Renewable Heat Incentive Helps Businesses

mcdermott renewables

The Renewable Heat Incentive (RHI) helps businesses, the public sector and non-profit organisations meet the cost of installing renewable heat technologies.

The types of heating covered by the scheme are:

  • biomass
  • heat pumps (ground source and water source)
  • geothermal
  • solar thermal collectors
  • biomethane and biogas

What you'll get

Payments are spread over 20 years. You’ll receive a payment every 3 months.

How much you get depends on:

  • the type of technology you install
  • how much energy the installation can produce (its capacity)
  • how much energy you actually use


You get a certain amount per kilowatt hour (kWh).

Small and medium-scale biomass tariffs have 2 payment rates called ‘tiers’. You’ll be paid at the tier 1 rate up to a certain limit. If you use more energy than that, the rest of the energy is paid at the tier 2 rate.


You install a biomass boiler with a capacity of 199kWth. Because of the capacity, it’s on the ‘Small Biomass’ tariff. You use the boiler at full capacity for 2000 hours in 1 year.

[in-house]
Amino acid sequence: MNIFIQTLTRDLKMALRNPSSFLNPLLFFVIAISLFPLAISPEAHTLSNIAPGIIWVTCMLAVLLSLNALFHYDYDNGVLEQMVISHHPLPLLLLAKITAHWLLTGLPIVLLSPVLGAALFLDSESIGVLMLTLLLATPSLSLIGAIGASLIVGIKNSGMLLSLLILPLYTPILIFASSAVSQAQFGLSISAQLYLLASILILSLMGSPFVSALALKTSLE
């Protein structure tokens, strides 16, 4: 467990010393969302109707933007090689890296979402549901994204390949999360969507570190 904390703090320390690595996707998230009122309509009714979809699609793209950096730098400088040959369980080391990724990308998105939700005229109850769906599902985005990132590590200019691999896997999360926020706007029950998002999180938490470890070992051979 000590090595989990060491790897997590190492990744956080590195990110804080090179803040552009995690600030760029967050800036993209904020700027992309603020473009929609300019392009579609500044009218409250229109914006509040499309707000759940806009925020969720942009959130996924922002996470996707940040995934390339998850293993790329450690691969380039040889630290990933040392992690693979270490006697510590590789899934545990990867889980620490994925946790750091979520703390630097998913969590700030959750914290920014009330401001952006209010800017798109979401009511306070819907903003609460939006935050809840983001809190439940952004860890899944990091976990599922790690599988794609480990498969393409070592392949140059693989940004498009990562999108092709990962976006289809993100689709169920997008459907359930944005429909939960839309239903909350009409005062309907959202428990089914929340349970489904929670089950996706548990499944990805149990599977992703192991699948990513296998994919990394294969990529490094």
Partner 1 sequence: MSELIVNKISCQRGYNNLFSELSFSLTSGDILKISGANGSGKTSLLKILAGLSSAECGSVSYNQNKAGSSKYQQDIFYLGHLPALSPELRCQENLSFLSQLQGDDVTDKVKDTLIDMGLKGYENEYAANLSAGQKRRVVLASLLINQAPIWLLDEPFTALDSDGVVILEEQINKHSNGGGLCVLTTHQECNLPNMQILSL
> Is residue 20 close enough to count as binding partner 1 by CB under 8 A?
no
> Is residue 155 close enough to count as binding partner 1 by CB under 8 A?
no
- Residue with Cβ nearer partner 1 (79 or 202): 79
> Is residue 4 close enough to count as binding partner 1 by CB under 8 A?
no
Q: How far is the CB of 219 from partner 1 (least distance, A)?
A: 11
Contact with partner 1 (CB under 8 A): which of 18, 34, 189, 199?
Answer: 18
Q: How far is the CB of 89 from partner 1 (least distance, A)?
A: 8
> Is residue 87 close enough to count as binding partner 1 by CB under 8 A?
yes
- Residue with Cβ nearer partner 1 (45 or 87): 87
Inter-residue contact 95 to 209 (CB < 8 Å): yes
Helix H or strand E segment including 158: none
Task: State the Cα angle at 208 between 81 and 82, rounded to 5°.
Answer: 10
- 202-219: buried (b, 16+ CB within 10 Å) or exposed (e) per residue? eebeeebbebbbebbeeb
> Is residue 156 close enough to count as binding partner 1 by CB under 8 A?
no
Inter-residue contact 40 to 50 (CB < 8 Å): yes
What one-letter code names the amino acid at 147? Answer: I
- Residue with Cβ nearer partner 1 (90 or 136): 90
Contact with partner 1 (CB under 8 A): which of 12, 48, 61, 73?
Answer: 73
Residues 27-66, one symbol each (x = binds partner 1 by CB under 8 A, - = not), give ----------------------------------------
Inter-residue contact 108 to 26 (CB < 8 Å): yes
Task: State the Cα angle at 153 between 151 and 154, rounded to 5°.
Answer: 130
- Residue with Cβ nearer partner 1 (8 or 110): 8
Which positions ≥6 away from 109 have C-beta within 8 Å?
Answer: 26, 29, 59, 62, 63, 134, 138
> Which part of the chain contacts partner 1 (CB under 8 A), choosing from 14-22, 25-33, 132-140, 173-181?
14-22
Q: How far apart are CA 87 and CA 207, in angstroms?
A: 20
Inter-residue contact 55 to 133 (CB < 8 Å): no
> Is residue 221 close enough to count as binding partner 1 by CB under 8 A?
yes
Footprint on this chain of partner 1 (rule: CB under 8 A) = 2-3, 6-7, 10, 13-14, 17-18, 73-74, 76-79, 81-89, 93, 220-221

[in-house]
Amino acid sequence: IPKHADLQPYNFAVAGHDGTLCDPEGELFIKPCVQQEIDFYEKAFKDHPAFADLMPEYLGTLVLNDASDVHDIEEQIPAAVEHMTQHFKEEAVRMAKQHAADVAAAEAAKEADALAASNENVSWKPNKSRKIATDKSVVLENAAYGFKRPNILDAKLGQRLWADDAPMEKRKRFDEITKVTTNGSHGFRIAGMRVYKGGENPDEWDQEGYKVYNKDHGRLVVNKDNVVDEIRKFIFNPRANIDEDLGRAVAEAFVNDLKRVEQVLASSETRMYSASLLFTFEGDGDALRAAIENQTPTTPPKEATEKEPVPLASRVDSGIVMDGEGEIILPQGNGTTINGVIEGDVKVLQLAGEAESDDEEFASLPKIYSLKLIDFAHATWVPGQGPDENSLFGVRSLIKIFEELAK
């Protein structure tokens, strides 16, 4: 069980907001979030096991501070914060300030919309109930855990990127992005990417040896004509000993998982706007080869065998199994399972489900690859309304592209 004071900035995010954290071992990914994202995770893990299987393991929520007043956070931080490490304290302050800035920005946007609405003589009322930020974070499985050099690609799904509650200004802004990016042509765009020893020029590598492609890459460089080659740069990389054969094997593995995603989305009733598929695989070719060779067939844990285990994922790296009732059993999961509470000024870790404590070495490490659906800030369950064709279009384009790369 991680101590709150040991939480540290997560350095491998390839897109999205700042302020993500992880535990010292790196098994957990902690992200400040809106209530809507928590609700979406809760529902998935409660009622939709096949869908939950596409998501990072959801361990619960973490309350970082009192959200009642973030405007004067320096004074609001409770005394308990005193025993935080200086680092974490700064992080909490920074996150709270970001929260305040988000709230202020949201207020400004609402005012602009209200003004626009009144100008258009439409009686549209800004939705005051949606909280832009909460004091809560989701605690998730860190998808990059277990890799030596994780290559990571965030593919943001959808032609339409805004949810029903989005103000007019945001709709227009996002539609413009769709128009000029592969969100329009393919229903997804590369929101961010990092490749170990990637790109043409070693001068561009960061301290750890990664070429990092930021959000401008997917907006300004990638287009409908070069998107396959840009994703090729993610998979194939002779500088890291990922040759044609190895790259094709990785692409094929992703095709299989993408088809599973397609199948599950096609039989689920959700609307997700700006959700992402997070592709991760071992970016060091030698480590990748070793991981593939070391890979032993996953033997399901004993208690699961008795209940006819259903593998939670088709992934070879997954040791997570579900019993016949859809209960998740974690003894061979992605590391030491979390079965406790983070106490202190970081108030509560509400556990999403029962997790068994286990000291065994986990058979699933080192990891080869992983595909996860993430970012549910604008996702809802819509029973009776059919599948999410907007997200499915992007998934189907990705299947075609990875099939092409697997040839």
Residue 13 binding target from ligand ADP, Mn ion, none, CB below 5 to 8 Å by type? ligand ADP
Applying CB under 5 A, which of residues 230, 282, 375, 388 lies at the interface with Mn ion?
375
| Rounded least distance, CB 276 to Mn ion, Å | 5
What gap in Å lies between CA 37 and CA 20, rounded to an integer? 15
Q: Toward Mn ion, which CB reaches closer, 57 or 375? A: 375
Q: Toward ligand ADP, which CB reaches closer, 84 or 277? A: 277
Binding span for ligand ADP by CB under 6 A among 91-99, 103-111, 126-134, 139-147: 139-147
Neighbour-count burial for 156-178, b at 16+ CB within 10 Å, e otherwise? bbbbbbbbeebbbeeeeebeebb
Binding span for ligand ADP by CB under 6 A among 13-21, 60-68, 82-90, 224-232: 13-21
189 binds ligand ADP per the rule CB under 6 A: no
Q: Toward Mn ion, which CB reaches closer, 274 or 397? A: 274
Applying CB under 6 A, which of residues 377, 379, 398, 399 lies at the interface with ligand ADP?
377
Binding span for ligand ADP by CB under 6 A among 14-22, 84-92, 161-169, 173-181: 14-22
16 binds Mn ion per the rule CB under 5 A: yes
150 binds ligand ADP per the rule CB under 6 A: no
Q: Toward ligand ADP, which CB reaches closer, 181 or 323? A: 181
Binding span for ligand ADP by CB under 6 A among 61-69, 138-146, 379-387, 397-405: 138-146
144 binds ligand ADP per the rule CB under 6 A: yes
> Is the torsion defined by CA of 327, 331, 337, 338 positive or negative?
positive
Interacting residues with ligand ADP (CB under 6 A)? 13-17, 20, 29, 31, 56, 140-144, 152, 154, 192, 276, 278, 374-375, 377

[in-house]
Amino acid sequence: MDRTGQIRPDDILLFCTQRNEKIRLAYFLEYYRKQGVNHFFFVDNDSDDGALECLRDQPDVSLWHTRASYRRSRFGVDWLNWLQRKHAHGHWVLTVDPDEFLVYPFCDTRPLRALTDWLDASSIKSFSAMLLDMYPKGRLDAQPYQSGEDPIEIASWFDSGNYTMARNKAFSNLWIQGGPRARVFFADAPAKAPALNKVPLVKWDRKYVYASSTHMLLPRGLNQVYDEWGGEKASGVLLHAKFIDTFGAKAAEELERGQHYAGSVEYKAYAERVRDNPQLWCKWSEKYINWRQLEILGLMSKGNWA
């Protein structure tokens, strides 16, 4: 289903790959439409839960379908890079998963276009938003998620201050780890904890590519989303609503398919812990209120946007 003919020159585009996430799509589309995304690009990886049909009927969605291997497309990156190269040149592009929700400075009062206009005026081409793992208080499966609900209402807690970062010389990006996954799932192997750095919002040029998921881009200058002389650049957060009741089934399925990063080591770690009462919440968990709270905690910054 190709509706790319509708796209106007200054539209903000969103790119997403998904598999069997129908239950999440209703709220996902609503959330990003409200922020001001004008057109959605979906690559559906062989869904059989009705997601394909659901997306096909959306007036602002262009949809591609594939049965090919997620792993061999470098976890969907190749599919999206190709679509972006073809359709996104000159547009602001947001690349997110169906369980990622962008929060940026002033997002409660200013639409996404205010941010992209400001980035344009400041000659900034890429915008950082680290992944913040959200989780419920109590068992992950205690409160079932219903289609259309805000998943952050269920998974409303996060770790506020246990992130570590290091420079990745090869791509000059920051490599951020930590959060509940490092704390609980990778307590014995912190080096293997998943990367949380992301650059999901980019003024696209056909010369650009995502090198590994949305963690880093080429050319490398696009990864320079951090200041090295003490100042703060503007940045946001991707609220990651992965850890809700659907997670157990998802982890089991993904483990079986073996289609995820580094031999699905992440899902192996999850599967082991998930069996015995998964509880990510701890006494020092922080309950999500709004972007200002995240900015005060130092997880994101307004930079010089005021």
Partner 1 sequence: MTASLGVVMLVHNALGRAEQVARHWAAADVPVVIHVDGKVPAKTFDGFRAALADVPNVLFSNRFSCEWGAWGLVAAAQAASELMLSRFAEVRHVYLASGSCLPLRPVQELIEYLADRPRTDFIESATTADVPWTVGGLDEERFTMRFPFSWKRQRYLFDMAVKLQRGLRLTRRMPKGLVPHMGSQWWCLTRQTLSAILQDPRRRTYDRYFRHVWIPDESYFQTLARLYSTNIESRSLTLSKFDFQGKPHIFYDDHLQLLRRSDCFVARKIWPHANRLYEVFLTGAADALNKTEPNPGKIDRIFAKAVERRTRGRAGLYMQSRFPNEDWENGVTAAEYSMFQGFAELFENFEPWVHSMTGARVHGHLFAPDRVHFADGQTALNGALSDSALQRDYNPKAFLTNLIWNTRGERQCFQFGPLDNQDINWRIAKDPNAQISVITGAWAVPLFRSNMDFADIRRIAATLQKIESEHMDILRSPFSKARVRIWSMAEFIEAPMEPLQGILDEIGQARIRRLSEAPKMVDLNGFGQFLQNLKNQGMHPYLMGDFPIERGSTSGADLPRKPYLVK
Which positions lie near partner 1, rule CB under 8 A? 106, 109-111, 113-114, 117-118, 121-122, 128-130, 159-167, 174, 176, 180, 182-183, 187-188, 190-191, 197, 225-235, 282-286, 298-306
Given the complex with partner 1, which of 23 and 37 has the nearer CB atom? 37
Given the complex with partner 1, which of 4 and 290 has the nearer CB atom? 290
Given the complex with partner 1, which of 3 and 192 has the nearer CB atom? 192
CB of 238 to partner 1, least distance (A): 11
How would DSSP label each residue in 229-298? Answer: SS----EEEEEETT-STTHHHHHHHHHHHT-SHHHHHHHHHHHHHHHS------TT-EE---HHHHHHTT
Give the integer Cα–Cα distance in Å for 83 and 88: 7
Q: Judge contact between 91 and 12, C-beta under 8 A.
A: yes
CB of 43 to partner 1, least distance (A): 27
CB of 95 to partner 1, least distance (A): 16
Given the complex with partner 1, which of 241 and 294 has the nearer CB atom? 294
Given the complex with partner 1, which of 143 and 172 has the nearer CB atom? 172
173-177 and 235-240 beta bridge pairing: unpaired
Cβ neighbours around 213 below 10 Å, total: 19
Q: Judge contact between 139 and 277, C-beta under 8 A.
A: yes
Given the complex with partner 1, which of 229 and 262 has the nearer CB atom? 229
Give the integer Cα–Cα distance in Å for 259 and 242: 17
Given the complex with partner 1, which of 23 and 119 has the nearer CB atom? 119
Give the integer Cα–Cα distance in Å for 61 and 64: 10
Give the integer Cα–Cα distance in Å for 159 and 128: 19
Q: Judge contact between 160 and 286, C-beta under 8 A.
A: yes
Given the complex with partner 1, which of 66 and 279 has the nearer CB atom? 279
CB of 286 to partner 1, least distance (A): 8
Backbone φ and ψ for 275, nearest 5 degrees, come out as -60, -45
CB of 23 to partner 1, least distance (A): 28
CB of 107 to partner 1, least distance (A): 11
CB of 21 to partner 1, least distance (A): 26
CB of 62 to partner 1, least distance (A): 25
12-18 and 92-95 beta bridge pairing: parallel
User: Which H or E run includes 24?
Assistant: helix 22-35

You’ll be paid:

  • 8.3p per kWh (the tier 1 rate) for the first 1,314 hours
  • 2.1p per kWh (the tier 2 rate) for the other 686 hours


To be eligible for the scheme:

  • your equipment must be installed in England, Scotland or Wales on or after 15 July 2009
  • you can’t use a public grant to buy or install the equipment
  • the equipment you install must be new and of a certain size or ‘capacity
  • the equipment and installer must have Microgeneration Certification Scheme (MCS) or equivalent certification (if available for your type of installation)
  • your equipment must use liquid or steam to deliver the heat
  • your equipment must be used to heat a space or water - or for carrying out a process where the heat is used within a building
  • you can’t use the equipment to heat a single home (though a combination of homes sharing a heating installation might be eligible - eg a block of flats)

Heating type

You can use:

  • solid biomass - including solid biomass contained in municipal solid waste
  • ground-source or water-source heat pumps
  • deep geothermal
  • solar thermal collectors
  • biomethane injection and biogas combustion (except from landfill gas)

Extra rules

There are some extra rules for certain heating types:

  • biomass boilers must only be able to burn biomass
  • ground- and water-source heat pumps must have a ‘coefficient of performance’ (COP) at least 2.9
  • solar hot water systems - water heating panels must be ‘flat plate’ or ‘evacuated tube’